First tip for future Feltmakers due to report for the website and magazine – remember to take a pencil and something to write with. I found myself searching in my tiny evening bag for anything at all to jot down the key parts of the speeches, without success. In the end, I had to scurry after the speakers, asking them to send me a copy of their speeches, so I could cannibalise them!
Second tip (this is for the girls) – if you have walked to the Hall in trainers, remember to change into your party shoes before you enter the Hall, because otherwise you might be forced to cross a hallway crowded with smart people on your way to the cloakroom, wishing for a cloak of invisibility.
The evening proper started well when one was greeted at the welcome line-up– a most hearty welcome was extended to all of us, and we all made our way into the reception room, hung with rich colours, and were given a glass of excellent English champagne. (Two adjectives I had not previously thought to see together when applied to that noun). Huddling with old friends, catching up with them, and making some new friends, then into the dining hall, where red brocaded walls surrounded us, and the glass, silverware and china were sparkling in the candlelight. An excellent meal, with good wines, and then the real treat of the evening came with some most enjoyable speeches.
First up was Jeremy Bedford, who remarked that it was curious to be in the position of ‘welcoming the our principal guest, Charles McAndrew, Master Grocer, to what is, effectively, his own home’.
He spoke about the Master Grocer’s early years, and life, and then said ‘It is important that I note that you have followed Kipling’s mantra with you in life, and as you have succeeded in your career and sporting life over the years you have not forgotten those who have struggled and toiled without the same success – you are a lifelong supporter of Southampton Football Club!’
He then welcomed the visiting Masters, and the other distinguished guests, and we toasted them. In response, The Master Grocer made an excellent speech in which he touched on the fact that our Master went to Oundle, which is the Grocers’ school, and therefore is a Freeman of the Grocers, and remarked that the Grocers must have been the obvious choice for us Feltmakers, given that history!
He then went on to give us a little real history of the Grocers, most interestingly saying that nowadays the focus is on education and charity. And not just Oundle, which remains the largest single beneficiary, but also several other connected schools, including ‘Mossbourne Community Academy’ in Hackney.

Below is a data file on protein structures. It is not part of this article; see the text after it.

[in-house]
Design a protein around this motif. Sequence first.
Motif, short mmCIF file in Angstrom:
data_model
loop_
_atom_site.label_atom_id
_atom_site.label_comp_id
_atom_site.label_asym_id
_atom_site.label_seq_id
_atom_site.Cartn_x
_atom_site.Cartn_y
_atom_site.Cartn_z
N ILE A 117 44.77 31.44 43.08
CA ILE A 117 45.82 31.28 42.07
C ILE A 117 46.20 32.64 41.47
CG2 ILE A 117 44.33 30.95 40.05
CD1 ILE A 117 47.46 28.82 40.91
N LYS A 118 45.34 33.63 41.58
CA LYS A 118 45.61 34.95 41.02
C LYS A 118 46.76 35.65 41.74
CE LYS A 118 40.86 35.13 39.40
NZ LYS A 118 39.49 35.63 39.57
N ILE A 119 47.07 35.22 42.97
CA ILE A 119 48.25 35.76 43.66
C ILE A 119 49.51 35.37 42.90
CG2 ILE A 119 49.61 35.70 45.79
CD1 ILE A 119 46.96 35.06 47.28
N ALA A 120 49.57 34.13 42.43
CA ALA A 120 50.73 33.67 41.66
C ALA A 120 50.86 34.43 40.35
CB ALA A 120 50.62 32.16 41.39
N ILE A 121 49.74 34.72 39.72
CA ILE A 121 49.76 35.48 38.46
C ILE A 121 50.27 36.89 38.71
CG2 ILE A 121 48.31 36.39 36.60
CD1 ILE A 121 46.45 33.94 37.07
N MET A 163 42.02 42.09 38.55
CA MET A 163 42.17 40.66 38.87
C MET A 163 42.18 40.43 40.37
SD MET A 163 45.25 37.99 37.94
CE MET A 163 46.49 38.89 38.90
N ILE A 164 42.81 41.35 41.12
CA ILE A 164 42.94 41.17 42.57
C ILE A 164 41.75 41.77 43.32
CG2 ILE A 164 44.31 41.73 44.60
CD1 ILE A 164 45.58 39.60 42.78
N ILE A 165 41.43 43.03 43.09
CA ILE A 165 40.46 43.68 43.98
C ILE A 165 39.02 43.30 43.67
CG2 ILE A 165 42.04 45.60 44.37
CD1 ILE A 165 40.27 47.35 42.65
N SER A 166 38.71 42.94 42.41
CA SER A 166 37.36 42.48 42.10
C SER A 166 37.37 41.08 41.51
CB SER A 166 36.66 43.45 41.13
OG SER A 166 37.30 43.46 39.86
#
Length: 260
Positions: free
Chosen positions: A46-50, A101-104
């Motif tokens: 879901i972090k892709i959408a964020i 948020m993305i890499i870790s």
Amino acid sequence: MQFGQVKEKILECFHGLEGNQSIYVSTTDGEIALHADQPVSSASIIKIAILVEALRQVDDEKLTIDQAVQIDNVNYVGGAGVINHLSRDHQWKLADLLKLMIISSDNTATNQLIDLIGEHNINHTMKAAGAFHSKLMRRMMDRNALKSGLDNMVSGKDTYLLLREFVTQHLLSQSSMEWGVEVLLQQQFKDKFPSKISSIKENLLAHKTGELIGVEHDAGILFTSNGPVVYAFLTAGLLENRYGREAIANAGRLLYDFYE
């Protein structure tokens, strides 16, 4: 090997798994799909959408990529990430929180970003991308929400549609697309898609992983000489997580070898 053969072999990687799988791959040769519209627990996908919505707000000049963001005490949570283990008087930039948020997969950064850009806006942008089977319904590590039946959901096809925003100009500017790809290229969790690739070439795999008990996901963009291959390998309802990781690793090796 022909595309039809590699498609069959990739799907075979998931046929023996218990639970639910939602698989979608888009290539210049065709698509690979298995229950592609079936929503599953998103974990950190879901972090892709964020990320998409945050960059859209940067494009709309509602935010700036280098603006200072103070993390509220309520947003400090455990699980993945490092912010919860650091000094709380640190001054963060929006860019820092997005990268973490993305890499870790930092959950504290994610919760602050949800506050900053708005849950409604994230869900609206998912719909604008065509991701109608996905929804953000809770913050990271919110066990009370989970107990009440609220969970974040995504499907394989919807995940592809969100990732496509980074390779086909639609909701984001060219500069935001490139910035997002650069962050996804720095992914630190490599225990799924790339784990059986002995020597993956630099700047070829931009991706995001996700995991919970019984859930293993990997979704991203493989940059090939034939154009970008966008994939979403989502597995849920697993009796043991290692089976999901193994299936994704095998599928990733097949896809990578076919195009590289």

The Master Grocer mentioned the Mentoring programme that they have, also an annual ‘Academy Awards’ evening for sixth formers of three Academy schools.
He toasted the Feltmakers and our Master, who responded with a speech which touched on how important the Grocers had been to him in his life. He said how much Colin Semper would be missed as Chaplain, as this was to be his last dinner as Chaplain, before Colin hands over to Andrew Pritchard-Keens.
He also thanked the fourth warden, Nigel MacDonald, (Chairman of Lock & Co) who had contributed the new replacement hats that were being worn that day. Rachel Trevor Morgan was also thanked for her work concerning the Competition.
He mentioned a Lecture he had attended at the Horner’s Company, when Professor Poliakoff had refused to treat science with kid gloves and was dealing with a series of lectures and videos, one on each of the 118 elements of the periodic table. They have been viewed on the global internet 81 million times apparently, and are making people all round the world realise that science and technology can be fun. He cited it as an example of how technology can really help in education.
He also mentioned his two charitable events which are coming up later in the year, dinner at the Tower of London, and involvement in the Thames Path Challenge, a sponsored walk from Cookham to Henley.
The Master then told us that it was a record breaking evening in terms of attendance, with over 140 people, including 75 Liverymen.
Our Clerk had certainly organised a most splendid evening for all concerned, and he was thanked by the Master on our behalf.
I am going to leave you with an extract from the Master Grocers’ speech, which I think ties in very nicely with our own Master’s theme for the year, ‘People can make a difference’ – The Master Grocer said ‘There is a theme here which I think is a real strength of the Livery. Back in the early ordinances of the Grocers, the ideal is expressed that we should be “a nursery of charities and a seminary of good citizens”. Such a phrase could well apply to the Livery movement in general. Implicit in it is the suggestion that it is not just our money that we can apply charitably, but our time as well. We are all, effectively, a talent pool; not just our Courts, but also our Liverymen and Freemen, from whom school governors, charity trustees and also younger mentors and fundraisers should and do emerge.’